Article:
Judge shelves drugs case
An Italian judge on Thursday shelved a criminal investigation into former Olympic race walking champion Alex Schwazer, citing evidence that his urine samples were altered. Schwazer was banned for eight years in 2016 after a retest of a doping sample showed positive traces of steroids. The Italian was forced to miss the Olympics in Rio de Janeiro. However, Walter Pelino, the preliminary investigation judge in Bolzano, dismissed legal proceedings. “The preliminary investigation judge believes that it has been established with a high level of credibility that the urine samples taken from Alex Schwazer on Jan. 1, 2016, were altered with the aim of making them positive, and therefore obtaining the suspension and the discrediting of the athlete,” Pelino wrote in an 87-page document detailing the dismissal of the case. Pelino also strongly criticized the World Anti-Doping Agency (WADA) and World Athletics, then known as the IAAF. “They operated in a totally self-referential manner, not tolerating outside checks to the point that they were producing false statements,” Pelino said. “There is strong evidence of the fact that in trying to impede the scrutiny of the so-called crime, a series of crimes were committed.” WADA said in a statement that it had “grave concern” with Pelino’s comments and that it would not rule out further court action.
Mbappe threat alleged
Agitated and in the heat of competition during a Champions League match, Paris Saint-Germain striker Kylian Mbappe possibly threatened Barcelona defender Jordi Alba. The Marca daily and other media have posted a video online of Mbappe apparently saying: “In the street, I’ll kill you.” The incident between the two players occurred during PSG’s 4-1 win against Barcelona on Tuesday. Alba moved toward Mbappe after the PSG forward pushed Barcelona defender Sergino Dest in front of goal while play was stopped in the first half. The players then started trash-talking. It is not totally clear in the video what Mbappe is saying, although it appears that the native French-speaker tried to say: “In the street, I’ll kill you” in Spanish.
Qualification date moved
The Badminton World Federation (BWF) yesterday said that Tokyo Olympics hopefuls would have until June 15 to secure qualification for the Games after a number of World Tour events were postponed due to the COVID-19 pandemic. The Malaysia Open, which was initially scheduled for March 31 to April 4, has been pushed back to May 25 to 30, while April’s Malaysia Masters has been postponed until further notice. The Singapore Open has also been pushed back by two months and will now be held from June 1 to 6. “In securing new dates for the Malaysia Open and Singapore Open, BWF confirms the Indonesia Masters 2021 and Indonesia Open 2021 have been postponed also,” it said in a statement. Rankings at the end of April should have been the cut-off to decide which players would be at the Tokyo Games, due to begin on July 23. However, the BWF’s Race to Tokyo standings are now to close on June 15, with the Singapore Open serving as the last tournament for qualification.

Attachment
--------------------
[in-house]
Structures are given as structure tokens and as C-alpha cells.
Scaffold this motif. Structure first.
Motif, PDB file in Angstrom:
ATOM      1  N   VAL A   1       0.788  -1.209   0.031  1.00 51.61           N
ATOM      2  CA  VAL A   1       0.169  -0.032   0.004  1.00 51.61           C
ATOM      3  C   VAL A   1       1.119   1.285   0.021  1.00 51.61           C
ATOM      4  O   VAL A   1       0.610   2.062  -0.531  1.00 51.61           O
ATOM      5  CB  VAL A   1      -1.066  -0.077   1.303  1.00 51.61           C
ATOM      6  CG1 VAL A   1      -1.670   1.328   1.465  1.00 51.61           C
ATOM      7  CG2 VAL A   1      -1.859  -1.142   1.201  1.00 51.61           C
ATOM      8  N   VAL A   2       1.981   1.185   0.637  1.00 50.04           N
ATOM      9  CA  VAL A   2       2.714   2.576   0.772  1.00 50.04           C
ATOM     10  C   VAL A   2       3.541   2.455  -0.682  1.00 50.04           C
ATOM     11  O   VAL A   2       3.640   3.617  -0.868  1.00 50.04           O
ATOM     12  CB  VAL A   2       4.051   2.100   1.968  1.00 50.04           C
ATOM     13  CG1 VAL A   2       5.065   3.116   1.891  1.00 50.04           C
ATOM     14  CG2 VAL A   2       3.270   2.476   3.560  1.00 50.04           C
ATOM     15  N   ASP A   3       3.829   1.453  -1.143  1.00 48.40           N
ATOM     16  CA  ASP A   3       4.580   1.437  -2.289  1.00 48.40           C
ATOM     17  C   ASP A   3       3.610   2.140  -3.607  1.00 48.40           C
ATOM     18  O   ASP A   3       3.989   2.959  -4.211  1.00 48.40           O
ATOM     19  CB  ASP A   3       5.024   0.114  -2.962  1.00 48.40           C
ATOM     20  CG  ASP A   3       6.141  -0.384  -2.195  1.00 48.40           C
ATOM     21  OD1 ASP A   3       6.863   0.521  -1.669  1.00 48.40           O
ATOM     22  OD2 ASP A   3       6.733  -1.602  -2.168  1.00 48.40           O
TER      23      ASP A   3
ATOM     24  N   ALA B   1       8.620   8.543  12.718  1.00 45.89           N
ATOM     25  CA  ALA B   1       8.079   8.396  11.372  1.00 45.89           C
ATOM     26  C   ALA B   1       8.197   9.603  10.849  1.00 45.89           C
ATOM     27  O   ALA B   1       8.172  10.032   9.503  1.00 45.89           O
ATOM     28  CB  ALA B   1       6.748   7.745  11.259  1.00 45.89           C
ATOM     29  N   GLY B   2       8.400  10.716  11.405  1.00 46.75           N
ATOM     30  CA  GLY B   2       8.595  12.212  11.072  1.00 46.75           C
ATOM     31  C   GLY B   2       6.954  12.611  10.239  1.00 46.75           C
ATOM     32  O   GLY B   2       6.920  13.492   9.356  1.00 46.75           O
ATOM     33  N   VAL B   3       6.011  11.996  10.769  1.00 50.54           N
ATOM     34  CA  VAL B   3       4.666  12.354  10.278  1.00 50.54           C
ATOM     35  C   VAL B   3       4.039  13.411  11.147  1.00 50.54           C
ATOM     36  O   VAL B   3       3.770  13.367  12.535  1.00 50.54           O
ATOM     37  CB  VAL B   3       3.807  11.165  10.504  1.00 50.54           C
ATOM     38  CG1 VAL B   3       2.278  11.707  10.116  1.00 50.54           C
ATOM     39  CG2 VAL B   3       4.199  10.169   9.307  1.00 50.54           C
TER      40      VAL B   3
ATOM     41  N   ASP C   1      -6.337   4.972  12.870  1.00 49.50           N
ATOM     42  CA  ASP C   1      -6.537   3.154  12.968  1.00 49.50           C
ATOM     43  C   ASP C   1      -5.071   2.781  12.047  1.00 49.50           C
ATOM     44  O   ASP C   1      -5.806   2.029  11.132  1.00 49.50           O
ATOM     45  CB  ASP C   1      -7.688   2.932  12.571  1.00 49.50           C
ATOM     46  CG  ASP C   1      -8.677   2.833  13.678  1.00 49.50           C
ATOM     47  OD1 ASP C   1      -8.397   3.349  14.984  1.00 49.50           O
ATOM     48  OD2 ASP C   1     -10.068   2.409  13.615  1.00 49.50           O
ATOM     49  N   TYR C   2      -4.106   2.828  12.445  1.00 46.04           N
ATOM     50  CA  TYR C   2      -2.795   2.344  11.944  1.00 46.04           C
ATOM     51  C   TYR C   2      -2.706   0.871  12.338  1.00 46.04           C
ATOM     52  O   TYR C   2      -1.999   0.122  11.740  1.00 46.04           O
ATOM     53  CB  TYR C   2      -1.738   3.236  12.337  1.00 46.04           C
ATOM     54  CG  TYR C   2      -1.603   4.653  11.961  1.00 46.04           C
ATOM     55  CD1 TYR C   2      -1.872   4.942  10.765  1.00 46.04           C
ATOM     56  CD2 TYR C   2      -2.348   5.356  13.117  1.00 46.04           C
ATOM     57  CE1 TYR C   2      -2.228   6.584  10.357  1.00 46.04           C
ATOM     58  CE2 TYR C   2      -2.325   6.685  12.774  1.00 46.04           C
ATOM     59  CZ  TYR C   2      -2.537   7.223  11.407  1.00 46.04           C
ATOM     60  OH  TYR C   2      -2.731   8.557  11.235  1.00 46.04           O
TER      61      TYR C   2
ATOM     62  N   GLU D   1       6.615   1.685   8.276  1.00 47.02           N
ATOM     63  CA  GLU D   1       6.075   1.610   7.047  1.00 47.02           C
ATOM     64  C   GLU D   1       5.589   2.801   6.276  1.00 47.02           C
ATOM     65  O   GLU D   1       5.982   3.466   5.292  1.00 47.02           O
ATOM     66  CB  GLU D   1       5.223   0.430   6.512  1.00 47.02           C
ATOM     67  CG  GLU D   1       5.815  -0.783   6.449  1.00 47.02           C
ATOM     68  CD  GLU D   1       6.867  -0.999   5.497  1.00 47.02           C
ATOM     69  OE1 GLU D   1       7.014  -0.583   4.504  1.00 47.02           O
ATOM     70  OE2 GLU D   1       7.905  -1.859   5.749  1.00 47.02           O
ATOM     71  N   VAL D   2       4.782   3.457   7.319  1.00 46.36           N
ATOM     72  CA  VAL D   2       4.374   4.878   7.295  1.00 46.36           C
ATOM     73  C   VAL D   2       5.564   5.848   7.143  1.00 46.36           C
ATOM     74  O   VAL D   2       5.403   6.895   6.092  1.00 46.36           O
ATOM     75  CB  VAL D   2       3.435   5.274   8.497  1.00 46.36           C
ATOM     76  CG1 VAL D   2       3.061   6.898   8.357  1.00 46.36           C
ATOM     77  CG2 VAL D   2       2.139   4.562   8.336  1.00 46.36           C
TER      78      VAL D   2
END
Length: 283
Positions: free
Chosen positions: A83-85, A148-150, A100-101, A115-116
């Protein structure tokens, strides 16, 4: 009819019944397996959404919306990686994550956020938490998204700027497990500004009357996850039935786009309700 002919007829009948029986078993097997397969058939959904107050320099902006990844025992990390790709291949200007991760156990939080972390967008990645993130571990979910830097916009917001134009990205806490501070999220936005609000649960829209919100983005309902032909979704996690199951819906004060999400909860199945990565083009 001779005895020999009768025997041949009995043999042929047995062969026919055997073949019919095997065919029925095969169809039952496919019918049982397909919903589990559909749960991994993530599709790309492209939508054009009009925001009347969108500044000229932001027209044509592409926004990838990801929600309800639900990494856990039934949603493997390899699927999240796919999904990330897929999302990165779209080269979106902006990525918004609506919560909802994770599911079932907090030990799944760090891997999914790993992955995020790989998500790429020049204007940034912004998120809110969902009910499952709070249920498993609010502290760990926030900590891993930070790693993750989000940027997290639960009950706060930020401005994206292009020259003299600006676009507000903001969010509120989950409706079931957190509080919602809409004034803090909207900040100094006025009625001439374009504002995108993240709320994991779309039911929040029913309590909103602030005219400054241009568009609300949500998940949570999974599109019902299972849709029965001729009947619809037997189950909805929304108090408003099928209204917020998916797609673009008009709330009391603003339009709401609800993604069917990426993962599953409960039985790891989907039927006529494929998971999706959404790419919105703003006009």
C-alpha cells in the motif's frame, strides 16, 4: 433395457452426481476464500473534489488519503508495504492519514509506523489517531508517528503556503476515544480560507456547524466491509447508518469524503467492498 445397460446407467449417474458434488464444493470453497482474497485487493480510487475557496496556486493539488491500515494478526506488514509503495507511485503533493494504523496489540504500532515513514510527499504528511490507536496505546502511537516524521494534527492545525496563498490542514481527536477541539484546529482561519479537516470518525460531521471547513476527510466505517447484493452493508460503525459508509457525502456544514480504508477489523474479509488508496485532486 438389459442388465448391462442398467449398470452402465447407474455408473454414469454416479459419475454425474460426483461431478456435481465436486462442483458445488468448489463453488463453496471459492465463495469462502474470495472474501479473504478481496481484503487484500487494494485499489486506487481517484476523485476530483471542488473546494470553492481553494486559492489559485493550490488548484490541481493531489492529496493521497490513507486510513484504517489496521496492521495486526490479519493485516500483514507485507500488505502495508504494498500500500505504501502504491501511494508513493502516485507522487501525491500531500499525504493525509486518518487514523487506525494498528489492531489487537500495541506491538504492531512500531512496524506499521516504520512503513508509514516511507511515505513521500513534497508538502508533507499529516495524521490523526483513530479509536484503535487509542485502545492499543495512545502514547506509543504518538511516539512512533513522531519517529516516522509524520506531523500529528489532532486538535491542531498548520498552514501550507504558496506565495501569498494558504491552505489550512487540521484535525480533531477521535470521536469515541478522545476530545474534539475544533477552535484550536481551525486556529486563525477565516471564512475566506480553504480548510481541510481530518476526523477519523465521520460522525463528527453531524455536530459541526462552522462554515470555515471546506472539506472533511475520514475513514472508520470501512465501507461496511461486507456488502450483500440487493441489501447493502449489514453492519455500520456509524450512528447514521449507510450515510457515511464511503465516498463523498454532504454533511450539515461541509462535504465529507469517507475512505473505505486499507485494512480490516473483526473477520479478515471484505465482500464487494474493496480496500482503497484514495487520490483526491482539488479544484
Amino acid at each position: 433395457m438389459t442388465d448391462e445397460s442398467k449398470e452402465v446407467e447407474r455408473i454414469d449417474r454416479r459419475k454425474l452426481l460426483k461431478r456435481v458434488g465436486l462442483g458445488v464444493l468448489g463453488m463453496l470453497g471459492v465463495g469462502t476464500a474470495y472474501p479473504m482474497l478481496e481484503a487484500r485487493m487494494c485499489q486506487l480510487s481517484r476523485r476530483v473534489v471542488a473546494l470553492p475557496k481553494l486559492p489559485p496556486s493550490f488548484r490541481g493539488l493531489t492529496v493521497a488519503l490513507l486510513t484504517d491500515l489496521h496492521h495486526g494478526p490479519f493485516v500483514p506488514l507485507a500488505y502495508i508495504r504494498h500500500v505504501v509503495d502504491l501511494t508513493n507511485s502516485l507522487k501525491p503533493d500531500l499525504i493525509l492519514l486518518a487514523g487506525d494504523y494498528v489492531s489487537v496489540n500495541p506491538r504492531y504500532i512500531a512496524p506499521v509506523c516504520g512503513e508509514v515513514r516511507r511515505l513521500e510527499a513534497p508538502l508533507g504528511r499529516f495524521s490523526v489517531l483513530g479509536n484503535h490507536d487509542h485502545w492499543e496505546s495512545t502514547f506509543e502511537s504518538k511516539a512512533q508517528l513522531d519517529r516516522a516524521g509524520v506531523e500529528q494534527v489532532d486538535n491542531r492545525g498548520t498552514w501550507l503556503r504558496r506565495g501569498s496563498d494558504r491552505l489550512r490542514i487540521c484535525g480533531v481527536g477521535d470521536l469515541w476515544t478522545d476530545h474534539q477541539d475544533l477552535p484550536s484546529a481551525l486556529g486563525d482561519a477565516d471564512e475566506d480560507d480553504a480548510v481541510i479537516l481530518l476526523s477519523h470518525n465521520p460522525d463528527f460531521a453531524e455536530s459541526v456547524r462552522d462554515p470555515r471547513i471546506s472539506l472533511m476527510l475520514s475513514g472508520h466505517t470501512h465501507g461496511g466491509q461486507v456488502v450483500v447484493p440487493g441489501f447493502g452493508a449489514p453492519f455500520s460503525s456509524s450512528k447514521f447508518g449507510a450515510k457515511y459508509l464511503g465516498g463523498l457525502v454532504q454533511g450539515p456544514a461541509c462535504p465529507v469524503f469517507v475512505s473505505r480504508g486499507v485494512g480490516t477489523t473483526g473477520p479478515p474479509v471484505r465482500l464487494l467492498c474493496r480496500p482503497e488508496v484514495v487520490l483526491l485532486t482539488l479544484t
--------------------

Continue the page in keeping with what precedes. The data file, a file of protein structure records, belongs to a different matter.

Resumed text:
The national cricket body (CTCSA) yesterday presented plans to develop the sport in Taiwan, with hints that an Asian Games bid might be on the horizon. At a luncheon at the Orient Luxury Hotel in Chiayi City, CTCSA chairman Lu Jia-hong presented plans the association has to build cricket grounds in Yunlin County’s Mailiao Township. The CTCSA said that the assistance of expat teams in Taiwan was crucial to its plans. Taiwan has upward of 13 cricket clubs, but only one dedicated ground — the Yingfeng Cricket Ground in Taipei’s Songshan District. Lu said that the association is focused on gaining Asian Cricket Council
A decade ago, the plight of former champion gymnast Zhang Shangwu shocked China and made world headlines when he was discovered begging in Beijing, prompting a recycling magnate to give him a job. That should have heralded a turnaround for Zhang, who had been imprisoned for theft after injury ended his gymnastics career. However, after another stint in jail, Zhang is again making a living on the streets, doing handstands and singing for a live online audience in a parking lot in Baoding. Athletes in China are often reared in special schools from a young age and can struggle to adjust to normal
‘HISTORIC’ MOMENT: ‘ Matsuyama Masters’ was trending on Twitter in Japan, as TV stations ran breaking news flashes and golf-related shares rose on the stock market Japan on Sunday sucked in its breath as Hideki Matsuyama almost blew his chance to win the Masters, but the golfer’s one-shot victory at Augusta National sparked a joyous reaction back home as the country celebrated another sporting triumph in testing times. Matsuyama, 29, became the first man from Japan to win one of golf’s major titles, a feat that drew praise from government and Olympics officials with the Tokyo Games just three months away. Japanese Chief Cabinet Secretary Katsunobu Kato expressed “congratulations and respect from the heart” for Matsuyama’s “historic” win, which came as ray of hope during the COVID-19 pandemic. “It
ANTI-ASIAN SENTIMENT: Speaking of Chang Yu, Indians manager Terry Francona said errors are part of baseball, but ‘ignorance and racism ... shouldn’t be anywhere’ “Stupid and ignorant” is what Indians manager Terry Francona called racist social media messages sent to first baseman Chang Yu. They have no place in baseball or “anywhere,” Francona added. On Tuesday, Chang shared some anti-Asian postings he received on Twitter after he made a costly error in the ninth inning of Monday’s game in Chicago. The throwing error allowed the White Sox to score the winning run. Chang, who is Taiwanese, posted some of the messages on his account, while asking for tolerance. One of the messages referred to the shape of his eyes and another referred to COVID-19. “Exercise your freedom